And this is just one of many odd designs in Common’hood. As mentioned earlier, there is a day/night cycle. Once you draw nearer to ‘bedtime’, you’ll be rudely interrupted from what you are doing and forced to travel back to your tent to sleep - regardless of whether you were in the middle of building or not.
The inventory management system was another overly complicated aspect of the game. Rather than just allowing you to extract the exact number of supplies that you need from a stack, you have to click with [LMB] to move the whole stack, [RMB] to extract one unit, [RMB] + ctrl to take ten units, and [RMB] + shift to take half of the stack.
And this is all if you can actually read the instructions, because the text size is so small that I could barely make out what anything said. Yes, I was playing the game on a laptop screen, but the text size should be readable on whatever device Steam can run the game on. Not to mention that I’m a fairly avid reader, anyone who struggles with reading is going to have a huge issue playing Common’hood if this remains the same on release.
One of the first things that I noticed when I started playing Common’hood was that it’s difficult to even select things. Your pointer doesn’t change when you’re hovering over a button and nothing highlights or changes color, so half the time you’re not even sure if there is a button there or not. And on certain pages, such as the load save page, the text is so small that you can’t even see what the symbols are.
And I haven’t gotten to the multitude of technical issues with Common’hood yet. This is, of course, a preview, so technical issues are to be taken with a pinch of salt until a review build is available. But the technical obstacles that I faced ultimately prevented me from progressing very far in the preview and getting a real feel for the more advanced crafting options and the story’s potential.
Glitches have broken the preview build to a point where I could only complete a few missions and had to stop playing. One of the first missions that you’ll receive involves building a farm and planting crops to feed the community. Easier said than done. My game glitched so that I couldn’t complete the mission that requires you to plant a variety of vegetables. Although I had planted carrots, these wouldn’t be ticked off in the mission status and that pathway was ultimately closed for me. So I tried completing a contract with the main vendor in Common’hood, he wants to put together some money to buy a van so that he can gather more items to sell, which you need to complete the other building missions. I spent ages building 20 chairs for this and selling them to him, which the game encourages you to do to raise the money. When we eventually hit the target, the mission registered as completed but then appeared straight back onto my missions log, with no van. So $1,000 was raised for nothing and I could not progress with the game. I quit playing after this.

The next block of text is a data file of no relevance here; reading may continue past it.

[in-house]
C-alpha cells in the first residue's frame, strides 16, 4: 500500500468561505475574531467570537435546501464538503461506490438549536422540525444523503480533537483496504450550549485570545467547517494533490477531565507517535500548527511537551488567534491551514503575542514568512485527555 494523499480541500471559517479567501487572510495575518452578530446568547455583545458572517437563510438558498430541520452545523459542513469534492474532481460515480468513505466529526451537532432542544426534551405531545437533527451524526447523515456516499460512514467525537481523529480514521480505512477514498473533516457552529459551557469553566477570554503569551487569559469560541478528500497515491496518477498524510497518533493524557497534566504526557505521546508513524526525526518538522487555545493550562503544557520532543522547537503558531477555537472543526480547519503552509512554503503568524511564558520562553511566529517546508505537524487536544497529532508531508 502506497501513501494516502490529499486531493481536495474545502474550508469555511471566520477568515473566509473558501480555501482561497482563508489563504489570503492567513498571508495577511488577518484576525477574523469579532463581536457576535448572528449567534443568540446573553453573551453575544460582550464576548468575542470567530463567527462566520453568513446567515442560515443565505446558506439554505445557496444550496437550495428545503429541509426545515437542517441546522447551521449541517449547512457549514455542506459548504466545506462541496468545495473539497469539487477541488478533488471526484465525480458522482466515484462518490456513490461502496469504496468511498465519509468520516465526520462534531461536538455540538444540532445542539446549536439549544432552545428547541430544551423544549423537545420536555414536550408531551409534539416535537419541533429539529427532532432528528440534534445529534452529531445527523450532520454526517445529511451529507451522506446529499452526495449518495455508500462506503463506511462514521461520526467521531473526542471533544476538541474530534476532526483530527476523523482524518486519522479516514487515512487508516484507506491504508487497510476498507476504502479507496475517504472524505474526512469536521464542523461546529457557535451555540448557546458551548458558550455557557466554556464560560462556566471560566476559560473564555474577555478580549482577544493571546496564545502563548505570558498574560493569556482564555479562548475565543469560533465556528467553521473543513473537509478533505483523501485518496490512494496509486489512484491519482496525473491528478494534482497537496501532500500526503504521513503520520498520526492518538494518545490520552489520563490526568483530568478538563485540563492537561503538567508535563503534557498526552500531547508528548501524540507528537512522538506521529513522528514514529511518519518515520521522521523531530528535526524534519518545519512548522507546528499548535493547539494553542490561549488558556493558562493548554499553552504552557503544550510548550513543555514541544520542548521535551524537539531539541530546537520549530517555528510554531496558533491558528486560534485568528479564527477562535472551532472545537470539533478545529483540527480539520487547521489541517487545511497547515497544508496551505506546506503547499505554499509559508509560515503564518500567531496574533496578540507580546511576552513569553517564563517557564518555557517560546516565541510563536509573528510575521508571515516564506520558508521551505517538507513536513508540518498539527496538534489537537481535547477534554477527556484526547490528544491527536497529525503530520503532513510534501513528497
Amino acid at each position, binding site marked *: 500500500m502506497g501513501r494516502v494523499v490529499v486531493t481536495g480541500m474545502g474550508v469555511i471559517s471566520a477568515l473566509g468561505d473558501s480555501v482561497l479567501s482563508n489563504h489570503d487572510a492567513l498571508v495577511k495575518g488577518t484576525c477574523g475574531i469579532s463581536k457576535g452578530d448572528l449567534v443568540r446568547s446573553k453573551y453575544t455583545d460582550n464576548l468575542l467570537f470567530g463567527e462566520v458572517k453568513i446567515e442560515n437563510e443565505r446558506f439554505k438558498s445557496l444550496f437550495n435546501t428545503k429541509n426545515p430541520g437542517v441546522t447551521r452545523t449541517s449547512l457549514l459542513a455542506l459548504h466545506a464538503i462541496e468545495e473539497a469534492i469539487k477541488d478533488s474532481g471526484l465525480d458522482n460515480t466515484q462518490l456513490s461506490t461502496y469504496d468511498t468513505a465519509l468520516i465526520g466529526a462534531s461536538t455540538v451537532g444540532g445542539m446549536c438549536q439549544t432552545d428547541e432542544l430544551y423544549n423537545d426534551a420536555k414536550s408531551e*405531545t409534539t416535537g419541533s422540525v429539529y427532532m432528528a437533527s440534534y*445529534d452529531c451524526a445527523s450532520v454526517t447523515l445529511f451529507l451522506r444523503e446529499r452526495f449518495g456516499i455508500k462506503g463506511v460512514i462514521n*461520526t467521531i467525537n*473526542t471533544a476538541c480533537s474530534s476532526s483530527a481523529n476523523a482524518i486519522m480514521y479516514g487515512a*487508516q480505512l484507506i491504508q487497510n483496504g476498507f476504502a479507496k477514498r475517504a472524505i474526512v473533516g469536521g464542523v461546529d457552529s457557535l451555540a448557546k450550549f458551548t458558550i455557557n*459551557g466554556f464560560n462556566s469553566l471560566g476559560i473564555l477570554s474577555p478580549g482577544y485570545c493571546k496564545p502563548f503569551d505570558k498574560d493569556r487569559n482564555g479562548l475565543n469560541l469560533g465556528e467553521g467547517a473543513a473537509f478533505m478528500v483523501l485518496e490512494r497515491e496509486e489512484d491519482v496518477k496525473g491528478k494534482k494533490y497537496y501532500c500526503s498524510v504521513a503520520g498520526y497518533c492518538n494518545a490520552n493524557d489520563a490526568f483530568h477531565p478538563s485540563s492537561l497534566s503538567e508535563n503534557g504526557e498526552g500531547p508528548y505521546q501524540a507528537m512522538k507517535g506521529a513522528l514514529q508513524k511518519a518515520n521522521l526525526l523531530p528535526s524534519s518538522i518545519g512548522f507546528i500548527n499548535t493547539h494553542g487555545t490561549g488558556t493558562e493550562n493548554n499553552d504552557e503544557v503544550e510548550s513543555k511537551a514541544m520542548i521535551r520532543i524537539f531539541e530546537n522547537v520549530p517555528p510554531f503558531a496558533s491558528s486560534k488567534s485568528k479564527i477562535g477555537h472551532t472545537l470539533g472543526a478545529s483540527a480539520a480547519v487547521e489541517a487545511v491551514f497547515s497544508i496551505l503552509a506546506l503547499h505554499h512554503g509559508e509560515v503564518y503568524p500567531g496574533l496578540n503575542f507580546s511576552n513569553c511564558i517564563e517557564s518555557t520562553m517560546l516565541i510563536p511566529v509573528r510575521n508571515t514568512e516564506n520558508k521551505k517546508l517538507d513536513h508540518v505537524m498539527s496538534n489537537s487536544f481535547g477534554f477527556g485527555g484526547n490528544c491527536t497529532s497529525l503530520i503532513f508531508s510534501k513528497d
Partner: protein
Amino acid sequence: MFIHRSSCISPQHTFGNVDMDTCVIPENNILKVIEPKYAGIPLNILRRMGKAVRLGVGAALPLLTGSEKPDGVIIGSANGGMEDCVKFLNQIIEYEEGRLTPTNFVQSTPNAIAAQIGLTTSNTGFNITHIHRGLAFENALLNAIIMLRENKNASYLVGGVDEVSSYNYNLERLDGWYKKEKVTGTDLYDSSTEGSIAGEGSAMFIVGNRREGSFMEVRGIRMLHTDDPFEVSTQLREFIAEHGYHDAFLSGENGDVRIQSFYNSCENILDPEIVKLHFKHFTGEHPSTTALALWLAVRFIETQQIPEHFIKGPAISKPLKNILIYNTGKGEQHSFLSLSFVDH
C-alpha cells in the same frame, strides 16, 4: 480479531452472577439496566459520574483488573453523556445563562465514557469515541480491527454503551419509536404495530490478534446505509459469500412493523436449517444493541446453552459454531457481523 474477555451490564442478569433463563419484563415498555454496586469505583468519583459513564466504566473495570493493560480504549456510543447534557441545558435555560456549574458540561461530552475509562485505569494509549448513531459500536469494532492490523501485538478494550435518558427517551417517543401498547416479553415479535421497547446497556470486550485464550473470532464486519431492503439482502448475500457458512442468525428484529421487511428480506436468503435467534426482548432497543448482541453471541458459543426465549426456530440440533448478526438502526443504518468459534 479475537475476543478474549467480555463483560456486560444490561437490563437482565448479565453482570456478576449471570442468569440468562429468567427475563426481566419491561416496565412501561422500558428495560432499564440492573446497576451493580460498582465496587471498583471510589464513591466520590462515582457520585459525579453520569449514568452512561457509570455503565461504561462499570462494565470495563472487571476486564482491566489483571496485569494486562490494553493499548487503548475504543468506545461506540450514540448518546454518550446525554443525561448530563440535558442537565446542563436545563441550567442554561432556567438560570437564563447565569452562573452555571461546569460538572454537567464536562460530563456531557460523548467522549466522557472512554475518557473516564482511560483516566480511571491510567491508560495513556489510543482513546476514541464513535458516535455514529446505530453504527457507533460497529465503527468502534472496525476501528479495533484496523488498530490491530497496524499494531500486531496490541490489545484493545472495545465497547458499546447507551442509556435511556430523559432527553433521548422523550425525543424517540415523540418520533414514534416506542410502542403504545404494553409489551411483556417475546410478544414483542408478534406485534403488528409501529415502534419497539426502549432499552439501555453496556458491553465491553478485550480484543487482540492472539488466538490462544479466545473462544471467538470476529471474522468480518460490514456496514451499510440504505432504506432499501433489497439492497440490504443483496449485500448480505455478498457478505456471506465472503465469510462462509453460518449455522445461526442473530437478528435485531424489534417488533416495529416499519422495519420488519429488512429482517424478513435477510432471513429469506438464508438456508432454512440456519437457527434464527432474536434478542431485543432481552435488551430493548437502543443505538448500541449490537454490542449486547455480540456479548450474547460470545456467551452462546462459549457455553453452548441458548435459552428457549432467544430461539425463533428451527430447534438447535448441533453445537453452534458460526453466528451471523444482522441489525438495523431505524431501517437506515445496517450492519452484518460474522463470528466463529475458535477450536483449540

Despite my negative experience with the preview build, I feel like Common’hood has the foundations to be a great community management game. As stated previously, the build options are pretty vast and I can see the game really allowing you to make some unique creations. On top of this, the community management system is also really detailed, and I was looking forward to progressing my crafting skills enough to appease the members with better shelters and giving them the items that they wanted. I was even intrigued with the exploration potential, and couldn’t wait to open up the extra sections of the factory.
When Common’hood launches later in the year, it’s set to arrive with a multiplayer extension which will allow co-op building with up to four players. You’ll also be able to share your creations with the online community. I find this to be a pretty bold move before the single player experience has been released or, based on the condition of the preview, is even in a full working condition. Still, we have half a year until the fourth quarter of 2022, so there is time to iron out the faults with Common’hood and I can see this being very fun as a co-op game.
This preview was written based on a preview code provided by the developers. A playable demo of Common’hood is now available on Steam.